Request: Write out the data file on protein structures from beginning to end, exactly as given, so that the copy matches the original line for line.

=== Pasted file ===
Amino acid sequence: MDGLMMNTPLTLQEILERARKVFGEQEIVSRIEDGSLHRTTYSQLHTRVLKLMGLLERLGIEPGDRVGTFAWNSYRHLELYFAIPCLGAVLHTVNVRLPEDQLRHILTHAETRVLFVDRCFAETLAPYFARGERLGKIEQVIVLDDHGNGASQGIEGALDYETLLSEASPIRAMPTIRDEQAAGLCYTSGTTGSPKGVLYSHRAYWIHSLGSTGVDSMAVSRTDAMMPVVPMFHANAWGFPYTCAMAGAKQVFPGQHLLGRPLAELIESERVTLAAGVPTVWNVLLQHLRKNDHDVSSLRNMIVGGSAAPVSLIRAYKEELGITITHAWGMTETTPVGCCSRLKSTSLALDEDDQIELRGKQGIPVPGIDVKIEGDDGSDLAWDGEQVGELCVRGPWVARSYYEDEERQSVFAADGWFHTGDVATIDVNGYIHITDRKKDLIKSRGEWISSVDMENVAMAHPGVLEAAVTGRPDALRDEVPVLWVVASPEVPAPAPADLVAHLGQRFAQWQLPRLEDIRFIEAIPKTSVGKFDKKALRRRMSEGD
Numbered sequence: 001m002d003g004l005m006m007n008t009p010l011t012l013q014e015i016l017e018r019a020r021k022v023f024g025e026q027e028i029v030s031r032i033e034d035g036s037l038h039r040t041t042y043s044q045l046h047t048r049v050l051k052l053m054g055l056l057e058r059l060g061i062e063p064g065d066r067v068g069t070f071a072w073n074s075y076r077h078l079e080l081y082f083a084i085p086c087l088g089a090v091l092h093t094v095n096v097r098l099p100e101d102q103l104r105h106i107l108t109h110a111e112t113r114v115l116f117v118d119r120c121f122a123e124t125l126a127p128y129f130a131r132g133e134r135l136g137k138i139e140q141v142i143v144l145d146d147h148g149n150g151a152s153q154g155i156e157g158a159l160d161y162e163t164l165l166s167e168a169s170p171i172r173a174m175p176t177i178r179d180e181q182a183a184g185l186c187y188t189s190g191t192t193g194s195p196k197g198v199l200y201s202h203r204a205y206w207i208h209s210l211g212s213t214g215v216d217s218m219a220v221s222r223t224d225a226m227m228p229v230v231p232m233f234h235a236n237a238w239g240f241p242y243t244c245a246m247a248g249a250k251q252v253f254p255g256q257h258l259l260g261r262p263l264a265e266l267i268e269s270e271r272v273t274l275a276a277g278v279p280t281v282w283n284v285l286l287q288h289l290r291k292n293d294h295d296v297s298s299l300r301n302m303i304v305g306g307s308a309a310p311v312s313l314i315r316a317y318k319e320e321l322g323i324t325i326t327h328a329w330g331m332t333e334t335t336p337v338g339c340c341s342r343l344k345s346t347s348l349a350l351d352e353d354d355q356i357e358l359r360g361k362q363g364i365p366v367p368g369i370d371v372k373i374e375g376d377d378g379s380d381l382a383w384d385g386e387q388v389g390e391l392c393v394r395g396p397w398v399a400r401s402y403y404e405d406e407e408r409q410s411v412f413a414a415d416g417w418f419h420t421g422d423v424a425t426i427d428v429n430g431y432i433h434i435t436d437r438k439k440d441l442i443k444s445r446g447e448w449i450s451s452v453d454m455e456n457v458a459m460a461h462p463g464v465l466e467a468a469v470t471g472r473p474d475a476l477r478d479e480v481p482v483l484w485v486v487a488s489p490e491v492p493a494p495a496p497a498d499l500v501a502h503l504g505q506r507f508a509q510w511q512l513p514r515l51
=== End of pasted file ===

Amino acid sequence: MDGLMMNTPLTLQEILERARKVFGEQEIVSRIEDGSLHRTTYSQLHTRVLKLMGLLERLGIEPGDRVGTFAWNSYRHLELYFAIPCLGAVLHTVNVRLPEDQLRHILTHAETRVLFVDRCFAETLAPYFARGERLGKIEQVIVLDDHGNGASQGIEGALDYETLLSEASPIRAMPTIRDEQAAGLCYTSGTTGSPKGVLYSHRAYWIHSLGSTGVDSMAVSRTDAMMPVVPMFHANAWGFPYTCAMAGAKQVFPGQHLLGRPLAELIESERVTLAAGVPTVWNVLLQHLRKNDHDVSSLRNMIVGGSAAPVSLIRAYKEELGITITHAWGMTETTPVGCCSRLKSTSLALDEDDQIELRGKQGIPVPGIDVKIEGDDGSDLAWDGEQVGELCVRGPWVARSYYEDEERQSVFAADGWFHTGDVATIDVNGYIHITDRKKDLIKSRGEWISSVDMENVAMAHPGVLEAAVTGRPDALRDEVPVLWVVASPEVPAPAPADLVAHLGQRFAQWQLPRLEDIRFIEAIPKTSVGKFDKKALRRRMSEGD
Numbered sequence: 001m002d003g004l005m006m007n008t009p010l011t012l013q014e015i016l017e018r019a020r021k022v023f024g025e026q027e028i029v030s031r032i033e034d035g036s037l038h039r040t041t042y043s044q045l046h047t048r049v050l051k052l053m054g055l056l057e058r059l060g061i062e063p064g065d066r067v068g069t070f071a072w073n074s075y076r077h078l079e080l081y082f083a084i085p086c087l088g089a090v091l092h093t094v095n096v097r098l099p100e101d102q103l104r105h106i107l108t109h110a111e112t113r114v115l116f117v118d119r120c121f122a123e124t125l126a127p128y129f130a131r132g133e134r135l136g137k138i139e140q141v142i143v144l145d146d147h148g149n150g151a152s153q154g155i156e157g158a159l160d161y162e163t164l165l166s167e168a169s170p171i172r173a174m175p176t177i178r179d180e181q182a183a184g185l186c187y188t189s190g191t192t193g194s195p196k197g198v199l200y201s202h203r204a205y206w207i208h209s210l211g212s213t214g215v216d217s218m219a220v221s222r223t224d225a226m227m228p229v230v231p232m233f234h235a236n237a238w239g240f241p242y243t244c245a246m247a248g249a250k251q252v253f254p255g256q257h258l259l260g261r262p263l264a265e266l267i268e269s270e271r272v273t274l275a276a277g278v279p280t281v282w283n284v285l286l287q288h289l290r291k292n293d294h295d296v297s298s299l300r301n302m303i304v305g306g307s308a309a310p311v312s313l314i315r316a317y318k319e320e321l322g323i324t325i326t327h328a329w330g331m332t333e334t335t336p337v338g339c340c341s342r343l344k345s346t347s348l349a350l351d352e353d354d355q356i357e358l359r360g361k362q363g364i365p366v367p368g369i370d371v372k373i374e375g376d377d378g379s380d381l382a383w384d385g386e387q388v389g390e391l392c393v394r395g396p397w398v399a400r401s402y403y404e405d406e407e408r409q410s411v412f413a414a415d416g417w418f419h420t421g422d423v424a425t426i427d428v429n430g431y432i433h434i435t436d437r438k439k440d441l442i443k444s445r446g447e448w449i450s451s452v453d454m455e456n457v458a459m460a461h462p463g464v465l466e467a468a469v470t471g472r473p474d475a476l477r478d479e480v481p482v483l484w485v486v487a488s489p490e491v492p493a494p495a496p497a498d499l500v501a502h503l504g505q506r507f508a509q510w511q512l513p514r515l51